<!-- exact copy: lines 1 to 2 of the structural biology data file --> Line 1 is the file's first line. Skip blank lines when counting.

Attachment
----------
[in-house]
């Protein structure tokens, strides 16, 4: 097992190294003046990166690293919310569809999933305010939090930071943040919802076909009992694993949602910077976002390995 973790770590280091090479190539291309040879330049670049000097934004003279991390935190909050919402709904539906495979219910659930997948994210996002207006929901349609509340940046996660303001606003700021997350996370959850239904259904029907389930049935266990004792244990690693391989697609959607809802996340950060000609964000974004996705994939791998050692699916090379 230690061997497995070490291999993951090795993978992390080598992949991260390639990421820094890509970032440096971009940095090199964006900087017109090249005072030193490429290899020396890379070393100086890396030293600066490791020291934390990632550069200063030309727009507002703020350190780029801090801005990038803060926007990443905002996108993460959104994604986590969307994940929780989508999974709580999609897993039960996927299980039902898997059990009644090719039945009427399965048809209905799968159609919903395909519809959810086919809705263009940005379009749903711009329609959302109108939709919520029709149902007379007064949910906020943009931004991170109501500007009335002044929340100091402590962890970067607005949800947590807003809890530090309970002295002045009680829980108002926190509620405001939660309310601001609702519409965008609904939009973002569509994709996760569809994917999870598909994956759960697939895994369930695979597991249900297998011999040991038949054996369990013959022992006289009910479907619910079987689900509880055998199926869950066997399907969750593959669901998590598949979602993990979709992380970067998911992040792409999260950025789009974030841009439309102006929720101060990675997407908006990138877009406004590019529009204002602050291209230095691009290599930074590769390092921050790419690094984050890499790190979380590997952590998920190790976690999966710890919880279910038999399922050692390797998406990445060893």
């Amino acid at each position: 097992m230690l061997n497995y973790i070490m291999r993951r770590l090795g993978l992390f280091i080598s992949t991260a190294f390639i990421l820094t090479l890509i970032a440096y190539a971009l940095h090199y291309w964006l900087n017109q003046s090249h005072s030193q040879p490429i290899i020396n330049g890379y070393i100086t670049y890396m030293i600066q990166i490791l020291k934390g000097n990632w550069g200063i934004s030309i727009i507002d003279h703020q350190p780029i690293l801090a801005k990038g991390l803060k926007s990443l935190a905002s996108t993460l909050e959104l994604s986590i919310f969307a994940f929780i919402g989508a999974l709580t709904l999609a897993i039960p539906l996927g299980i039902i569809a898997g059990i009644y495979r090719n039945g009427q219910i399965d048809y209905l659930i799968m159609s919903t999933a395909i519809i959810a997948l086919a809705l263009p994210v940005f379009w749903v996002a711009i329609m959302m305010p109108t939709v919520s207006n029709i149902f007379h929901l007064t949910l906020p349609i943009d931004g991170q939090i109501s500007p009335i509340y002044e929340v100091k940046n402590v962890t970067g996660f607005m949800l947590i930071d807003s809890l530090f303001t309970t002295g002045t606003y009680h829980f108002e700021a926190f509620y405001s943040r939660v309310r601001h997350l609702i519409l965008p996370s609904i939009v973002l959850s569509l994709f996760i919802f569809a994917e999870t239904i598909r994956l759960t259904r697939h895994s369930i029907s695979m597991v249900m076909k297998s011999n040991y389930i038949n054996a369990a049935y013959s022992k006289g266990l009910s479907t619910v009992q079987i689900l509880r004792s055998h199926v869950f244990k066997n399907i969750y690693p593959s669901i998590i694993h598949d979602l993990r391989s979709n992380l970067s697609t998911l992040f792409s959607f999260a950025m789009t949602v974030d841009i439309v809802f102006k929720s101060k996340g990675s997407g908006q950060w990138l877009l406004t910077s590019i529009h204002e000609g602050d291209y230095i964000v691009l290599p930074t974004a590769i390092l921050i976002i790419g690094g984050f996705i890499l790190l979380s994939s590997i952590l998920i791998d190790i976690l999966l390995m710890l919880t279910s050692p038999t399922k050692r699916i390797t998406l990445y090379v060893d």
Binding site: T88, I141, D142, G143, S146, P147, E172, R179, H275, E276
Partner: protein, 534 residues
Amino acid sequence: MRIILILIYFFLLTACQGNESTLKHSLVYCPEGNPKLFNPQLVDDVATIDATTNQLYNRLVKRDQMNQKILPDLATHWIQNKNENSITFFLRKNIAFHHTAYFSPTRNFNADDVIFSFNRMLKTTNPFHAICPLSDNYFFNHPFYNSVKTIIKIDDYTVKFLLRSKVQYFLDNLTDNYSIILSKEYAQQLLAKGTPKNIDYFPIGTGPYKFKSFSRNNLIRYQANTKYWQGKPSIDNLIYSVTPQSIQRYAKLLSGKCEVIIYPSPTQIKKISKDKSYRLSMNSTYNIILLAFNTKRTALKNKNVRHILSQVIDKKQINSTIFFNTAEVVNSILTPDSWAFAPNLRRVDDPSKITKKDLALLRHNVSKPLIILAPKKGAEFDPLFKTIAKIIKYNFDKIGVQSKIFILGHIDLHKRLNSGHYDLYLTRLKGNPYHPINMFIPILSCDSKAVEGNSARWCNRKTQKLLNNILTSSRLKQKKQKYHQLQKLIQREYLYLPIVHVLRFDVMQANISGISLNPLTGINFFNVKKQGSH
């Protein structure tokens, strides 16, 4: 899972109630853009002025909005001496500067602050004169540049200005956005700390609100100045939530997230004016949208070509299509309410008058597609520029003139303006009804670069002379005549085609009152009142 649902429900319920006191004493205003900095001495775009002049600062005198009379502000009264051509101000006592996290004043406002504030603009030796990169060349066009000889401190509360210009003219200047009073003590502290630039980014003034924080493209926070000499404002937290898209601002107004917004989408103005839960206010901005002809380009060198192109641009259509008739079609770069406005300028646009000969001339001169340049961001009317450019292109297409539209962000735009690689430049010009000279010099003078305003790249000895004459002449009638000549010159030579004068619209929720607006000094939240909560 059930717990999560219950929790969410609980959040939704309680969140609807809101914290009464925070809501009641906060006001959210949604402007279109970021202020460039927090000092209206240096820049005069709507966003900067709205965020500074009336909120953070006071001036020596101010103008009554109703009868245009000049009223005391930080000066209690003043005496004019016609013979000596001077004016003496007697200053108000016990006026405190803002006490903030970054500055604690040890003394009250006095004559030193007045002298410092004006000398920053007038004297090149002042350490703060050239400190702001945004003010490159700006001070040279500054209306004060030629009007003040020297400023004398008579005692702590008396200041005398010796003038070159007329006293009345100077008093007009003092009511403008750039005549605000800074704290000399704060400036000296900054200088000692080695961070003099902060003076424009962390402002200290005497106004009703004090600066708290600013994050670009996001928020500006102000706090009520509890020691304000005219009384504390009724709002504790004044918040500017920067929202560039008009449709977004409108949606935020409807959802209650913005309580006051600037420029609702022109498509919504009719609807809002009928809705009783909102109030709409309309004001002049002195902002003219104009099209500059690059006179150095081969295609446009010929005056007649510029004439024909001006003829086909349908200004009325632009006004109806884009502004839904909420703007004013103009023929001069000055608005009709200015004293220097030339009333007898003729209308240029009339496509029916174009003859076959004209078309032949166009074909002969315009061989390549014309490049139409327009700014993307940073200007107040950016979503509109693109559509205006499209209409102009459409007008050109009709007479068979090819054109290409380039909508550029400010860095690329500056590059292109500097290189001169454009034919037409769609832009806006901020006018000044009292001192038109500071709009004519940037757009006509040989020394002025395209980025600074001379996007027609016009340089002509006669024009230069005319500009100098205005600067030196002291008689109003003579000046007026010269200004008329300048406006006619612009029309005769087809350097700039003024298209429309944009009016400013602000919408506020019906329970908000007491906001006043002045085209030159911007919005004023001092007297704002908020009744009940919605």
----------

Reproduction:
[in-house]
């Protein structure tokens, strides 16, 4: 097992190294003046990166690293919310569809999933305010939090930071943040919802076909009992694993949602910077976002390995 973790770590280091090479190539291309040879330049670049000097934004003279991390935190909050919402709904539906495979219910659930997948994210996002207006929901349609509340940046996660303001606003700021997350996370959850239904259904029907389930049935266990004792244990690693391989697609959607809802996340950060000609964000974004996705994939791998050692699916090379 230690061997497995070490291999993951090795993978992390080598992949991260390639990421820094890509970032440096971009940095090199964006900087017109090249005072030193490429290899020396890379070393100086890396030293600066490791020291934390990632550069200063030309727009507002703020350190780029801090801005990038803060926007990443905002996108993460959104994604986590969307994940929780989508999974709580999609897993039960996927299980039902898997059990009644090719039945009427399965048809209905799968159609919903395909519809959810086919809705263009940005379009749903711009329609959302109108939709919520029709149902007379007064949910906020943009931004991170109501500007009335002044929340100091402590962890970067607005949800947590807003809890530090309970002295002045009680829980108002926190509620405001939660309310601001609702519409965008609904939009973002569509994709996760569809994917999870598909994956759960697939895994369930695979597991249900297998011999040991038949054996369990013959022992006289009910479907619910079987689900509880055998199926869950066997399907969750593959669901998590598949979602993990979709992380970067998911992040792409999260950025789009974030841009439309102006929720101060990675997407908006990138877009406004590019529009204002602050291209230095691009290599930074590769390092921050790419690094984050890499790190979380590997952590998920190790976690999966710890919880279910038999399922050692390797998406990445060893």